In the longer term, the expansion of the internet to rural areas is critical to connecting students in said areas and those without the ability to attend a physical location on a daily basis. Despite this, COVID-19 has shown a light on the stark digital divide within the Asia Pacific region and grants a rare opportunity to rethink the conventional structure of the classroom. In an ever-growing digital world, schools can utilize existing technologies to provide relief to teachers that face challenges in overwhelming workloads, adapting to a changing work environment, life fulfillment, and enjoyment; a crucial first step given that quality teachers are a significant first component to delivering quality education. Typically we think of the classroom as a brick-and-mortar institution with one teacher and as many as 30 students. However, imagine an online or hybrid environment where one teacher is able to utilize multiple technologies to perform lesser tasks, giving the teacher more time to create impactful experiences with their students and notice potential mental or wellbeing issues among vulnerable students that may otherwise have gone unnoticed. While brick-and-mortar schools will still act as a valuable place for children to learn while their parents work, technology gives us the flexibility to explore education structures beyond the traditional classroom experience.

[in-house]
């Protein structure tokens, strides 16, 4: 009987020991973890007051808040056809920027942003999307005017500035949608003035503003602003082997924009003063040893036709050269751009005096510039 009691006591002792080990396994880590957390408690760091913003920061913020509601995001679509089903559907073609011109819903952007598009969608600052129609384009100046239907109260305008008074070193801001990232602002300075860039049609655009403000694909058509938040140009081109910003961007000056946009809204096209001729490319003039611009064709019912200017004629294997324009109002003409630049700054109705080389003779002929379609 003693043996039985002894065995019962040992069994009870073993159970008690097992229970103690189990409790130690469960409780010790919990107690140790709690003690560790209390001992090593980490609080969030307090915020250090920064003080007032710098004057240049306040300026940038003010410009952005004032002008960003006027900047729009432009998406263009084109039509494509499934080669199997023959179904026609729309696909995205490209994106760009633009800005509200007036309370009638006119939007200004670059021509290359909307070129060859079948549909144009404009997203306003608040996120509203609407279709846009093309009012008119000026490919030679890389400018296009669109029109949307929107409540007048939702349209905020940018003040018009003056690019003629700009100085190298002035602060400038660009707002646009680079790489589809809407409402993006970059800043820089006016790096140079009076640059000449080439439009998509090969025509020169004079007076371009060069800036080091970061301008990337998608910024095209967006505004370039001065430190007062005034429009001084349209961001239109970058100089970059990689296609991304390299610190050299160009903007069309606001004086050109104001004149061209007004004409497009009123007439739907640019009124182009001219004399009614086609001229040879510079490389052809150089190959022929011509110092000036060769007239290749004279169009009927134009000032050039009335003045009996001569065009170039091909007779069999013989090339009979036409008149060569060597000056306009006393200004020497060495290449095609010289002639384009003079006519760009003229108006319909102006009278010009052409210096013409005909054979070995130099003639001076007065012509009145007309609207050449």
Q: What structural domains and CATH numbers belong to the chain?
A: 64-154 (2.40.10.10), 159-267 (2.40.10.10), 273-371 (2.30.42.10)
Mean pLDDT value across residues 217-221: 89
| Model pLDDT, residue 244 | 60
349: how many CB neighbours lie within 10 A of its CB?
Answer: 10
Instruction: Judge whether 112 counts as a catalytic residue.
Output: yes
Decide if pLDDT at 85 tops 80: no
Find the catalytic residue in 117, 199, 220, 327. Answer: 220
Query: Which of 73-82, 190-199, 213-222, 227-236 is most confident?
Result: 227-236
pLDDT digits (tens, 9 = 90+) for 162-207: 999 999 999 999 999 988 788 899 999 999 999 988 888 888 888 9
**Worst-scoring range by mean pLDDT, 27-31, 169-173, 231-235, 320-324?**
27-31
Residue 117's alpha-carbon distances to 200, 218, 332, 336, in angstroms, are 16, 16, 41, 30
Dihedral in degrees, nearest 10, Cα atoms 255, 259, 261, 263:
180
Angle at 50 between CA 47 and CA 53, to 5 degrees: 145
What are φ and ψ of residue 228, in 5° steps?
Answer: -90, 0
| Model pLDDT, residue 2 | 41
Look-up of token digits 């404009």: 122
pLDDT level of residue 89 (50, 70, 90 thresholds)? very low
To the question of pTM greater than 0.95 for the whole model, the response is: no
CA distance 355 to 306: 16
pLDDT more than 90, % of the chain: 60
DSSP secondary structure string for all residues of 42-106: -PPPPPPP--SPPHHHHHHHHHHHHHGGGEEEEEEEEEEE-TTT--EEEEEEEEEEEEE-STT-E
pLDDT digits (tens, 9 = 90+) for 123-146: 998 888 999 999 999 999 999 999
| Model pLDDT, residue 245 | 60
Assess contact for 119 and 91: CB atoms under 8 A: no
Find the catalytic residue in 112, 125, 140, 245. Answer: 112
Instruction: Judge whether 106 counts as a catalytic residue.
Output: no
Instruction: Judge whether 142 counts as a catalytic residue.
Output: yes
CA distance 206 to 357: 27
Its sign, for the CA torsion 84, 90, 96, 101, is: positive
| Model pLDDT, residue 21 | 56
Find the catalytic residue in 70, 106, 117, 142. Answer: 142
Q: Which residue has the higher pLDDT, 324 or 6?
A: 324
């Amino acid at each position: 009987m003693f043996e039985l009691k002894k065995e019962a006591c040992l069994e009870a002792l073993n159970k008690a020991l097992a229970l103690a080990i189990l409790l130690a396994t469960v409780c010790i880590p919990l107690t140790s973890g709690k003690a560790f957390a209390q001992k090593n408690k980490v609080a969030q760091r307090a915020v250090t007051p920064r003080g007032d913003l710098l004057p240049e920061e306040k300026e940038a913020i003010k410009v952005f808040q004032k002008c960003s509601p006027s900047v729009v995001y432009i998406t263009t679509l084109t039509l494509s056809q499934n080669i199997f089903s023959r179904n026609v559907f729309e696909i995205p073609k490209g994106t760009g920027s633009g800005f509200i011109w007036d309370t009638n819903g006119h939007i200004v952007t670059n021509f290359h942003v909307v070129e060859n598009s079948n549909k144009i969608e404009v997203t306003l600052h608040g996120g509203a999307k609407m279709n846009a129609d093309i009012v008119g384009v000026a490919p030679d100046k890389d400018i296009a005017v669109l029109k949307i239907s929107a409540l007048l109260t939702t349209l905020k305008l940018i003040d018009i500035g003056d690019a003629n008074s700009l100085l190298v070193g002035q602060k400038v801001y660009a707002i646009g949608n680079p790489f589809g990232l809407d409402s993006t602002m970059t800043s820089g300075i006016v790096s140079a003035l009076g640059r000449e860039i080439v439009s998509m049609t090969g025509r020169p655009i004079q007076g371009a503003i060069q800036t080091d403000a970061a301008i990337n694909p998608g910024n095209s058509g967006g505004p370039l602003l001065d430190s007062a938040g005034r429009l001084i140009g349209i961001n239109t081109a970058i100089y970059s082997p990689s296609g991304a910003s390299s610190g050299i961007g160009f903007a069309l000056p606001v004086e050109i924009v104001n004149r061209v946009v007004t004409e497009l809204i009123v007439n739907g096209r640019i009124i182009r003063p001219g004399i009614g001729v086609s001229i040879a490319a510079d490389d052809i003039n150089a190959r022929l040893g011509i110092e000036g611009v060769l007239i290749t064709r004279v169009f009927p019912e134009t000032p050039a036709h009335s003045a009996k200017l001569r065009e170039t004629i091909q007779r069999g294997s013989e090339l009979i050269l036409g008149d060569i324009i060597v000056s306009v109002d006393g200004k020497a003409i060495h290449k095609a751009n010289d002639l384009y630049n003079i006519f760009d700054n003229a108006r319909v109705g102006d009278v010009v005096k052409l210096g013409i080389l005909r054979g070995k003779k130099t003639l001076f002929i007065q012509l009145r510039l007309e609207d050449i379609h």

At this year’s Asia Pacific Forum on Sustainable Development, SDG 4 Profile was released along with the report Building Forward Together – Towards an inclusive and resilient Asia and the Pacific; the latter evaluates the pandemic’s influence and analyzes key factors shaping recovery. During the forum, discussions revolving around SDG 4 were facilitated by government officials, members of the private sector, and civil society and focused on three key themes: Theme 1. Learning Recovery and Addressing the Learning Crisis, Theme 2. Transforming Education Systems, and Theme 3. Increased and better investment in education and enablers for transformation. In order to achieve the 2030 Agenda, it was concluded that larger portions of a country’s GDP must be allocated to education expenditures, with an immediate need to prioritize school reopenings and the professional development of teachers. Statements detailing the agreed-upon best policies and profiles for SDG 4, 5, 14, 15, and 17 can be found on the APFSD website.